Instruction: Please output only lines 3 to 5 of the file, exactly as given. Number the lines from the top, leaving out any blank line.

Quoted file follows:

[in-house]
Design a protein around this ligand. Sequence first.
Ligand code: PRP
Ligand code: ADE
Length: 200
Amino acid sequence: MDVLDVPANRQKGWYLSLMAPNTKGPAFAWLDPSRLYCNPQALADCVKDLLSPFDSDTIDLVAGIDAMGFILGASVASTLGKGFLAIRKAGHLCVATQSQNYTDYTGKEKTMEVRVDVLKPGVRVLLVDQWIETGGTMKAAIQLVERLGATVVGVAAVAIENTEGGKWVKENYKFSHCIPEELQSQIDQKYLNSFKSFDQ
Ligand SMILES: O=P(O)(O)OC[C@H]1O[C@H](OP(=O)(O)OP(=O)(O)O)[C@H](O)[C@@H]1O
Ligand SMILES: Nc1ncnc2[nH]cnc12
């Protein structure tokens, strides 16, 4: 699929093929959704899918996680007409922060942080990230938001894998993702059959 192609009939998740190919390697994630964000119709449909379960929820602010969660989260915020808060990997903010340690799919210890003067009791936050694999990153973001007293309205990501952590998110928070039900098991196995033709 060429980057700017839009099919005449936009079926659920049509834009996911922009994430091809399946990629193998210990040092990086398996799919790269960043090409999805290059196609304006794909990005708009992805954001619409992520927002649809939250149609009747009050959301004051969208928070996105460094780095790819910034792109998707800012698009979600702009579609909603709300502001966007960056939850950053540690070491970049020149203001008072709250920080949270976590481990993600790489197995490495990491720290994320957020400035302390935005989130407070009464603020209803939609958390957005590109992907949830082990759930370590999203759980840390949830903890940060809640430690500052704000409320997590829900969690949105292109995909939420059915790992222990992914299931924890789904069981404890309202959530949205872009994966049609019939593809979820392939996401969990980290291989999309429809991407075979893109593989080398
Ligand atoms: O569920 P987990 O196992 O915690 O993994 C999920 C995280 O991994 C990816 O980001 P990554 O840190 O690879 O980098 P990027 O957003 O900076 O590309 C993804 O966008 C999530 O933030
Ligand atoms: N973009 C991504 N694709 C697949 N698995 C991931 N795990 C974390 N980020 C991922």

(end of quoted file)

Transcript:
Ligand code: PRP
Ligand code: ADE
Length: 200